In Chiba, he'd watched his New Yen vanish in a two-month round of examinations and consultations. The men in the black clinics, his last hope, had admired the expertise with which he'd been maimed, and then slowly shaken their heads.
Pretty in Mink: Justified. Furs are grown from tissue, possibly because some animals were driven to extinction by a combination of pandemic disease and environmental degradation. Although cloning furs is a good way to avert Fur and Loathing it is doubtful this hard world has any such concerns.
"Operation Screaming Fist" arguably counts as one. With all the tantalizing references to it, it seems like it will be crucial to the mission in some way. As it turns out, the only important thing about it is that it drove Armitage/Willis Corto insane, allowing Wintermute to use him as a puppet and create the illusion that he was in control.
The shuriken that Molly buys for Case seems like it will be a Chekhov's Gun, but he never uses it. Case even lampshades this himself when he throws it at the TV before leaving his hotel room for the last time.
Sunglasses at Night: Molly. To be fair, they are permanently attached to her face, and as it's later revealed, don't actually dim light at all.
Technology Marches On: Gibson wrote most of his early works on a typewriter. A copy of Neuromancer printed in 1994 includes an afterword by the author on that subject. Included in the afterword is a reminder to his modern readers that the typewriter was the high-tech whizbang of the day. In 1981, the hottest computer on the mass market was the Apple II (not even the IIe, yet), and that cost a bundle.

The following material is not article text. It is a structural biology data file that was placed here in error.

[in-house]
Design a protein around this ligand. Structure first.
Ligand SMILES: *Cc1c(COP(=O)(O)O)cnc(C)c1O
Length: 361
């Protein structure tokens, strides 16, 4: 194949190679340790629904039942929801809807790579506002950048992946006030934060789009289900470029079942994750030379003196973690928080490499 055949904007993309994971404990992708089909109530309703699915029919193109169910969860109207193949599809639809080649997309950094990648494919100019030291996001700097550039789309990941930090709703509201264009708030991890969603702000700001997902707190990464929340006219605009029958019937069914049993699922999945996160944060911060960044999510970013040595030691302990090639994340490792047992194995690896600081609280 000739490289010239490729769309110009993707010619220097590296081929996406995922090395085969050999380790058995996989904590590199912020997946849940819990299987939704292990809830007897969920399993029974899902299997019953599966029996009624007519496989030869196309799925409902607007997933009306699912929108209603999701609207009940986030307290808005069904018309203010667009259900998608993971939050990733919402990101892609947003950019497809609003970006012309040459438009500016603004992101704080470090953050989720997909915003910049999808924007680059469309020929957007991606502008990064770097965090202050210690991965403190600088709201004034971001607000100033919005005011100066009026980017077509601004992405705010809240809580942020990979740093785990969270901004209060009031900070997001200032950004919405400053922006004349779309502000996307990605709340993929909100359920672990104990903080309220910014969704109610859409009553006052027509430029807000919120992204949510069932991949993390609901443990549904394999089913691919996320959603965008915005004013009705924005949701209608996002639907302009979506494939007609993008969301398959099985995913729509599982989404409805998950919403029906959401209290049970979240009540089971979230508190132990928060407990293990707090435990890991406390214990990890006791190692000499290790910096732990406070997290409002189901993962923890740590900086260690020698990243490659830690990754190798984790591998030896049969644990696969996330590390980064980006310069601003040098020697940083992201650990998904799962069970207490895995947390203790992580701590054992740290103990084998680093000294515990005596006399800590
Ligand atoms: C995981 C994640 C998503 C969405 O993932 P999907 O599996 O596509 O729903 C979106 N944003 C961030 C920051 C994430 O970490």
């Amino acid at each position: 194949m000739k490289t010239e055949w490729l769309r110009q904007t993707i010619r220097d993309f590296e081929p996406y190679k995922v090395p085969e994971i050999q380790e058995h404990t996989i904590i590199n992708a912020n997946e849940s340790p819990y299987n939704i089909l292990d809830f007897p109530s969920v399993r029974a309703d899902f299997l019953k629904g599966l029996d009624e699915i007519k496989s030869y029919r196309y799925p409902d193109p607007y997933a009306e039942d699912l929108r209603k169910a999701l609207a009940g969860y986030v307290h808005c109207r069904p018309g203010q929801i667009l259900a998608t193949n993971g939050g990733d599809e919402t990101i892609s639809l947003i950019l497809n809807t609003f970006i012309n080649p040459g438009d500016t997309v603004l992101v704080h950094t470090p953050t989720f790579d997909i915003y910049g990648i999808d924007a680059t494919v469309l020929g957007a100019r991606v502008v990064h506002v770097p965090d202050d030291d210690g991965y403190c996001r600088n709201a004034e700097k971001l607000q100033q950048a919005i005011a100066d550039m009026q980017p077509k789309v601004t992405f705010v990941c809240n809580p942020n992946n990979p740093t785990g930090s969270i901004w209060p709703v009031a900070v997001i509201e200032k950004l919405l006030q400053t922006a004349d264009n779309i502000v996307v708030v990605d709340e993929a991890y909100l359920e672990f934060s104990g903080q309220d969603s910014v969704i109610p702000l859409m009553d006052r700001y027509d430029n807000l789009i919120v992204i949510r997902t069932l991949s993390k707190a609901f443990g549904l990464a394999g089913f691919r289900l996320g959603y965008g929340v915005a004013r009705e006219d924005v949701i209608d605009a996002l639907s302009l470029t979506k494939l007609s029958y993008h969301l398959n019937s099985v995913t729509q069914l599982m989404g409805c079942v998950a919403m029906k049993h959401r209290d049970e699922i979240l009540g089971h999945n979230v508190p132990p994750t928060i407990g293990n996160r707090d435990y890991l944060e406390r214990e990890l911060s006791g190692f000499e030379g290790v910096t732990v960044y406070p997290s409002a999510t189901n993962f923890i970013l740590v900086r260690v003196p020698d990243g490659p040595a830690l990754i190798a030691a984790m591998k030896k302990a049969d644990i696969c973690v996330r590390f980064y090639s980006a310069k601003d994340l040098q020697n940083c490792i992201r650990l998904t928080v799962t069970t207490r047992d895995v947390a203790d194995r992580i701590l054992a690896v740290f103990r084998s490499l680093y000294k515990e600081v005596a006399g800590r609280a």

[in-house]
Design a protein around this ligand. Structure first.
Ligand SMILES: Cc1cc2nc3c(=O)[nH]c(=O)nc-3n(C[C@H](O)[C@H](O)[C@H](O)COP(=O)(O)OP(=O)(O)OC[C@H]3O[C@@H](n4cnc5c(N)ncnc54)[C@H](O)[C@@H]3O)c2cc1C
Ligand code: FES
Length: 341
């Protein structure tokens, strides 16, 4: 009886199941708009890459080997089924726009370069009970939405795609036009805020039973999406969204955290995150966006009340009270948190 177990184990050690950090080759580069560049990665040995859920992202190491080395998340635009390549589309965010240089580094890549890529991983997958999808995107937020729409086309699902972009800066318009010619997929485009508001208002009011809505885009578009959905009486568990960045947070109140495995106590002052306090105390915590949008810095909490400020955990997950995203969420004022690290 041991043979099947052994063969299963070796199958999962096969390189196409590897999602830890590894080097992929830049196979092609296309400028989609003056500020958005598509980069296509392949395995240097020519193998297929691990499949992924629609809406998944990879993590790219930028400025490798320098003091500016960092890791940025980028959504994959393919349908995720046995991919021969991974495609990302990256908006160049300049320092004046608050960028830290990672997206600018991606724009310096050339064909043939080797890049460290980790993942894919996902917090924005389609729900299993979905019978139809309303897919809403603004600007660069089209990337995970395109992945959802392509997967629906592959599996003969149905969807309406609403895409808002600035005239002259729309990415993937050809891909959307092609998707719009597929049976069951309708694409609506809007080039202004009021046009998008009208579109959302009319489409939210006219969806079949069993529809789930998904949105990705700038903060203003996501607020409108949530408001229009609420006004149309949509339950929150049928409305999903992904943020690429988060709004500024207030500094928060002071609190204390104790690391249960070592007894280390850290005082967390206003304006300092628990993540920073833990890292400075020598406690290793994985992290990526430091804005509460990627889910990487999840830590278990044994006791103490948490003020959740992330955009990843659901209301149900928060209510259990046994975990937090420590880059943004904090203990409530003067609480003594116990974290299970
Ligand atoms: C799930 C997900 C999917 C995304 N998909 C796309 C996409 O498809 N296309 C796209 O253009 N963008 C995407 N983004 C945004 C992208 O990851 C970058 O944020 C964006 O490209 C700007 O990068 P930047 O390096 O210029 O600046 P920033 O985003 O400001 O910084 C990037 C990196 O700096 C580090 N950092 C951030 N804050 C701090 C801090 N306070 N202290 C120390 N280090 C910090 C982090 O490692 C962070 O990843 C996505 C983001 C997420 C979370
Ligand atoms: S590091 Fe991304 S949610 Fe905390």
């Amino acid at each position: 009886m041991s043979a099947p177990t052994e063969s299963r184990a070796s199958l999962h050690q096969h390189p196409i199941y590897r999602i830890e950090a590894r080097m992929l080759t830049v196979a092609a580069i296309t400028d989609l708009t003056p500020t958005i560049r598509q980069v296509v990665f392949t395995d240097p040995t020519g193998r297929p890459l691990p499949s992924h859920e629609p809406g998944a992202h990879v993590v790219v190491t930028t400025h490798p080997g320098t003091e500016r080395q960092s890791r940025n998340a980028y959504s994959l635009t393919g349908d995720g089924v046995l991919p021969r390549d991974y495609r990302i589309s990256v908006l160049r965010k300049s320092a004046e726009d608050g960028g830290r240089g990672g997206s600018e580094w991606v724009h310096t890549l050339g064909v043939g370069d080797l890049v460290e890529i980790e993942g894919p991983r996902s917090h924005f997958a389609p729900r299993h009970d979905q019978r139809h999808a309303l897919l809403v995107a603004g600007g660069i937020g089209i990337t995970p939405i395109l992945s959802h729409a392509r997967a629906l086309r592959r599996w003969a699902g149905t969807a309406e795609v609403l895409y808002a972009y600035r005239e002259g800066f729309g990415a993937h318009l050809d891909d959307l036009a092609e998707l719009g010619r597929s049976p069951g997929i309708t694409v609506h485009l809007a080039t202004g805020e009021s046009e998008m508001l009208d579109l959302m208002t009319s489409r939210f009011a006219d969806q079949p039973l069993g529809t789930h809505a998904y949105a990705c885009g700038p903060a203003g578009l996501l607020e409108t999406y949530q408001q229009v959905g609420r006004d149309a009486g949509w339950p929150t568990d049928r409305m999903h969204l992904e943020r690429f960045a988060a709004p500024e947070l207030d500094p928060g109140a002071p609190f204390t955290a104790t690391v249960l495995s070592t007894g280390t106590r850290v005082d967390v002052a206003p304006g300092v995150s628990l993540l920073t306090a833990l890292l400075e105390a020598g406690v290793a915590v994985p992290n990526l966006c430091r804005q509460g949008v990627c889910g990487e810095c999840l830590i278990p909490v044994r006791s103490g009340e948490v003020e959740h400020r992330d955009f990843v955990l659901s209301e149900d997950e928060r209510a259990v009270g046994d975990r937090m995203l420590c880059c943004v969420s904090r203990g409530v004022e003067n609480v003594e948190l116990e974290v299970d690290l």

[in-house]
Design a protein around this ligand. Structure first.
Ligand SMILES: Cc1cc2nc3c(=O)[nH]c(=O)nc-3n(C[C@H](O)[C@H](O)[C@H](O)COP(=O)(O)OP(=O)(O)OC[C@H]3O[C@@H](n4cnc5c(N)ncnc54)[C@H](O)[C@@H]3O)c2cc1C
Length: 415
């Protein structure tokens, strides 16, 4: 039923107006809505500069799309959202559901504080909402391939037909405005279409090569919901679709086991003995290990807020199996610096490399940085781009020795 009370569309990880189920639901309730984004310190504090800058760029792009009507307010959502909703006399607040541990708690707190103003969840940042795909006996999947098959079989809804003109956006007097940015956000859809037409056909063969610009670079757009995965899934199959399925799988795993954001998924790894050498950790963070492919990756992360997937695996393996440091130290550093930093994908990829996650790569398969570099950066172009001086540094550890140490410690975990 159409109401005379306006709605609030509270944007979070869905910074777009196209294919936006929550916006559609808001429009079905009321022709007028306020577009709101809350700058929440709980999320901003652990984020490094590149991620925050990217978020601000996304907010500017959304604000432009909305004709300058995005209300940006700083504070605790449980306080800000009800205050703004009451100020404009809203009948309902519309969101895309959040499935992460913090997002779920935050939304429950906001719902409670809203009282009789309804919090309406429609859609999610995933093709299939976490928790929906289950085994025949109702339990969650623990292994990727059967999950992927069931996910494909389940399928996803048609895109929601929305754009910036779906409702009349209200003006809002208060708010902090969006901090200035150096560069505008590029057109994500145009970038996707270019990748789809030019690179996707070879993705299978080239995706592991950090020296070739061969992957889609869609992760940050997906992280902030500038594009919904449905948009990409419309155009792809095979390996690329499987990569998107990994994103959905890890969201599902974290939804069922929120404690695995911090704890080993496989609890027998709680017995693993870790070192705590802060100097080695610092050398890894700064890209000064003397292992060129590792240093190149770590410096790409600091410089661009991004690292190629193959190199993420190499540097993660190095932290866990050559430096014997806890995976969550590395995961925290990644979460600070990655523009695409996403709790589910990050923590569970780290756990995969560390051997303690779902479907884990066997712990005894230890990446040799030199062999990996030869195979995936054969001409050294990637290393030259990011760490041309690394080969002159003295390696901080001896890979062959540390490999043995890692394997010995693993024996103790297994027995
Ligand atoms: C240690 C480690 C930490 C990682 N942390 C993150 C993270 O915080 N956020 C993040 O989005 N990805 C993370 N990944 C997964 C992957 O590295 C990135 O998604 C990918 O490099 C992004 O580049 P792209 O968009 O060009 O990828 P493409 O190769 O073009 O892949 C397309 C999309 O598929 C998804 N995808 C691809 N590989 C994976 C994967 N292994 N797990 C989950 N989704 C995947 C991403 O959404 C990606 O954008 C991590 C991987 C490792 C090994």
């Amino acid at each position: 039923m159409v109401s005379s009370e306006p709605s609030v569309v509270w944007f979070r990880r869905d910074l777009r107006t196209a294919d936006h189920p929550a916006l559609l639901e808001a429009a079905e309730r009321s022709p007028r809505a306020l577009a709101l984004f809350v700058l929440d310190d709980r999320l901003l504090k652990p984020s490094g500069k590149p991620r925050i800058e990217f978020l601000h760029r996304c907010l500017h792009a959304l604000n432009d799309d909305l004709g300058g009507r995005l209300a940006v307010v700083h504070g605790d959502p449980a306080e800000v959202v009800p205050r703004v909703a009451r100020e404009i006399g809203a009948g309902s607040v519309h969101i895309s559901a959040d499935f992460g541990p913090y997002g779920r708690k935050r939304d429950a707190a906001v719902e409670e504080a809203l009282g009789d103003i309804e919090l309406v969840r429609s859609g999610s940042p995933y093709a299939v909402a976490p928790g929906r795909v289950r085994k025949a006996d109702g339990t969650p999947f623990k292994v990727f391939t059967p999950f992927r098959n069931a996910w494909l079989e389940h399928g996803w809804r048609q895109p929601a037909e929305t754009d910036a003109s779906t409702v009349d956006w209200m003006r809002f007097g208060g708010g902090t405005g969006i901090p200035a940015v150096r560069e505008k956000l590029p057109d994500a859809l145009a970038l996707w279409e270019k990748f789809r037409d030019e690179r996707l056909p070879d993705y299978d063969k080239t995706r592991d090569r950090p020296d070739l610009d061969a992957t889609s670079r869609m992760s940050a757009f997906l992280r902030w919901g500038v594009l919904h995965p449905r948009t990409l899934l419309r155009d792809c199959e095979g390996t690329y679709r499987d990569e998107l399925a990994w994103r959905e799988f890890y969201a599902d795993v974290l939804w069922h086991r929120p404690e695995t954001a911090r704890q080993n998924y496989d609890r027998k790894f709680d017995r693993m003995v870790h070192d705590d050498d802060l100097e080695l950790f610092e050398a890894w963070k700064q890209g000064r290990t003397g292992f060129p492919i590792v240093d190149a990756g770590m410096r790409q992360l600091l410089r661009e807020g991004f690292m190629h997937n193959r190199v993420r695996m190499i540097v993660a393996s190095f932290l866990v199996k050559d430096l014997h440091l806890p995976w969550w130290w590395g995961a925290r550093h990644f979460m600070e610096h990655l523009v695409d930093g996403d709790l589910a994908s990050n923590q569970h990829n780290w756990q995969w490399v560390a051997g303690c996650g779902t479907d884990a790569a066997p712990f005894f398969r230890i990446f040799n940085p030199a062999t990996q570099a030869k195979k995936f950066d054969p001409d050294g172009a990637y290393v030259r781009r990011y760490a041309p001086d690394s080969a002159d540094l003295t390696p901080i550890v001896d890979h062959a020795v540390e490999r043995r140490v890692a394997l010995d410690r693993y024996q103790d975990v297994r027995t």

Case starts out trying to sell "three megabytes of hot RAM" in a world where Brain Computer Interfaces are commonplace. At the time the novel was written, the Apple II came with 64 kilobytes of RAM. It is possible that it was the contents of the RAM that was really important, but this possibility isn't even suggested until much later in the book, and even then would only make slightly more sense to a modern audience.
The book famously begins by likening the colour of the sky to that of a television tuned to a dead station. This originally conveyed a gray, dreary day, the colour of analogue static; nowadays, most TV sets default, ironically, to a blue screen when there isn't a channel or anything to display.
This was referenced in Neil Gaiman's novel Neverwhere, which opens with, "The sky was the perfect blue of a television, turned to a dead channel."
One scene takes place in an arcade, which have gone the way of the dodo with the rise of home video game consoles.
VoIP apparently doesn't exist, and the only way to call someone from an airport is a bank of pay phones.
More recent editions include an introduction by Gibson apologizing for his failure to foresee the rise in cellular technology.
Ironically, as Augmented Reality becomes closer to fruition, the less likely it is that it will look anything like Gibson's vision of cyberspace. Most computers are also much smaller and lighter than Case's Hosaka (although possibly not more powerful yet).
Terrorists Without a Cause: The Panther Moderns, who have no agenda aside from some weird, postmodern statement on terrorism as reason for their devastating pranks.
Two-Keyed Lock: Lady 3Jane has to say a password in a special room, locked by a physical key forgotten to everyone except Wintermute, at the same time as Case breaks protections in cyberspace to remove the Restraining Bolt on Wintermute.